Taiwan’s legislature passed a legal amendment on Tuesday banning the consumption of cat and dog meat.
The amendments to the Animal Protection Act state that offenders can be punished with a monetary fine of NTD 50,000 to 250,000 (HK$13,000 to HK$63,000), Taiwan’s Central News Agency reported.
The island banned the sale of dog and cat meat or organs – or products containing these ingredients – in 2001.
Tuesday’s Legislative Yuan amendments raised the penalty for such crimes to a maximum of two years’ imprisonment and a fine of NTD 2 million (HK$501,000). The names, photographs and crimes of convicted defendants may also be publicised.
Other amendments passed by the legislature include a ban on “walking” pets chained using leashes while owners ride on motor vehicles.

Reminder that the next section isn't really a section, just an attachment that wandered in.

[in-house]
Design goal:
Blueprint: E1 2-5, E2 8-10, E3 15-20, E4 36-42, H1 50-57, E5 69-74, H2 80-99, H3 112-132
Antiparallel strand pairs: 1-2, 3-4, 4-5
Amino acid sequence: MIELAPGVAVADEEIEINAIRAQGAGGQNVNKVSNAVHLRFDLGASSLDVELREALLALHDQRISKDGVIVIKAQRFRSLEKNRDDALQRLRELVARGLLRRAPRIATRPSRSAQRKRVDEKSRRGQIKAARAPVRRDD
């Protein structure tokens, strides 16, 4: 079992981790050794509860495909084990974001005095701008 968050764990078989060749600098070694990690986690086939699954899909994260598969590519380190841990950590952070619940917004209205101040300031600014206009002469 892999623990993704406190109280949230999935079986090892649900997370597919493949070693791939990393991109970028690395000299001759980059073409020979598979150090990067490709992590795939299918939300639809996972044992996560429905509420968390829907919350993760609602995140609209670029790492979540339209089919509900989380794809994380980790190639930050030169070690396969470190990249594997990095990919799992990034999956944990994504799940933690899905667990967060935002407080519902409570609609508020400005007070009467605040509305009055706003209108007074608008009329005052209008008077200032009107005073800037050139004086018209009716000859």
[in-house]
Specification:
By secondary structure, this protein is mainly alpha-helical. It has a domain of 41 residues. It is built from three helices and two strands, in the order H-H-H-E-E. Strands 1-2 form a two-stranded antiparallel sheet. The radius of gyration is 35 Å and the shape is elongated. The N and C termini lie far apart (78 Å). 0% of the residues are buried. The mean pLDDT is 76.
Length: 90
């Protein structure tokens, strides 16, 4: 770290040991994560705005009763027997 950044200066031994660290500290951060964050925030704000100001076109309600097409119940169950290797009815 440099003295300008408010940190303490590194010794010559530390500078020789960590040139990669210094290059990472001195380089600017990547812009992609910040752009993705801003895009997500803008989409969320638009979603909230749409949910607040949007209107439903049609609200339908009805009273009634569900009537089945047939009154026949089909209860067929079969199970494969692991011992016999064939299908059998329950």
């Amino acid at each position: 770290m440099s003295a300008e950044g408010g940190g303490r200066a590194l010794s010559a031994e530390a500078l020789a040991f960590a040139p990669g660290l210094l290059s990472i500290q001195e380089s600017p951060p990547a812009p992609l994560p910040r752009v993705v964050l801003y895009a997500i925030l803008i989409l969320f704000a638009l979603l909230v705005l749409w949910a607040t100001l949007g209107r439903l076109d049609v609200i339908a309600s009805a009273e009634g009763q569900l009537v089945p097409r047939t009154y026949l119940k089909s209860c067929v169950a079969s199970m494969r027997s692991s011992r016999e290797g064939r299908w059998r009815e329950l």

Before Tuesday, only certain local governments in Taiwan banned the consumption of dog and cat meat.
The amendments were proposed by opposition Kuomintang legislator Wang Yu-min, who called their approval a “birthday present” – she was born on April 11, 1974.
According to online outlet Storm Media, she proposed the amendments in response to a number of high-profile incidents of animal abuse. She said that the previous penalties were not sufficient as deterrents.
Last October, Chan Ho-yeung – a student from Macau studying in Taiwan – was sentenced to 10 months in prison after being convicted of killing two stray cats.
His acts prompted an uproar in Taiwan, and animal rights activists were filmed attacking him as he attended trial at the Taipei District Court.
In Hong Kong, the slaughter of dogs and cats for consumption is illegal under the 1950 Dogs and Cats Regulations.
Dog and cat meat is not legally prohibited in mainland China, where the Yulin Dog Meat Festival is set to take place in June.
Correction 12/04: This report previously stated that Taiwan was the first Asian country to ban the consumption of dog/cat meat. However, Hong Kong bans the slaughter, sale and use of dogs and cats for food.